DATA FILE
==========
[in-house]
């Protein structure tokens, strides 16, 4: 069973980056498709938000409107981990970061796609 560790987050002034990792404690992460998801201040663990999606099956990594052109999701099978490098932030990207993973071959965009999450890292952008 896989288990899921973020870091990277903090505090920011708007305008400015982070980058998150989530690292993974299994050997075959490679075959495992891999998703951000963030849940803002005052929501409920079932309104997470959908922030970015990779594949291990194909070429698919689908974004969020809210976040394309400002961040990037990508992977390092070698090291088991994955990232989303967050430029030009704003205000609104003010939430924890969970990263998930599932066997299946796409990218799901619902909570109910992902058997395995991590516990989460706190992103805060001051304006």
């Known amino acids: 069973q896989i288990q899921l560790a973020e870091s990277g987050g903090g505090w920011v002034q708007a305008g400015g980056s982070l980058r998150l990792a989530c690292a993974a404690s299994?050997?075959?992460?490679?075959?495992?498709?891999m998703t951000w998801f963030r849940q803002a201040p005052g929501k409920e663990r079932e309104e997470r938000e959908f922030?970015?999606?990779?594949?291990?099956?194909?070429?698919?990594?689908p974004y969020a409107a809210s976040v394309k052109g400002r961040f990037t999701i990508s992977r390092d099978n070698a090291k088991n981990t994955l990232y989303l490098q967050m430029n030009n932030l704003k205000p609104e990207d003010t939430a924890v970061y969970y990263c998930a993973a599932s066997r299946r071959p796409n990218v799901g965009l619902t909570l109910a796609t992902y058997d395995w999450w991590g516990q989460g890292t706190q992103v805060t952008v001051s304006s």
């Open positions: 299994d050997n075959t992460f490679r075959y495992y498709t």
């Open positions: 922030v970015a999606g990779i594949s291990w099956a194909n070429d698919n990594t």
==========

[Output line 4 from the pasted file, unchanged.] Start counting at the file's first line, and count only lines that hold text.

């Open positions: 299994d050997n075959t992460f490679r075959y495992y498709t």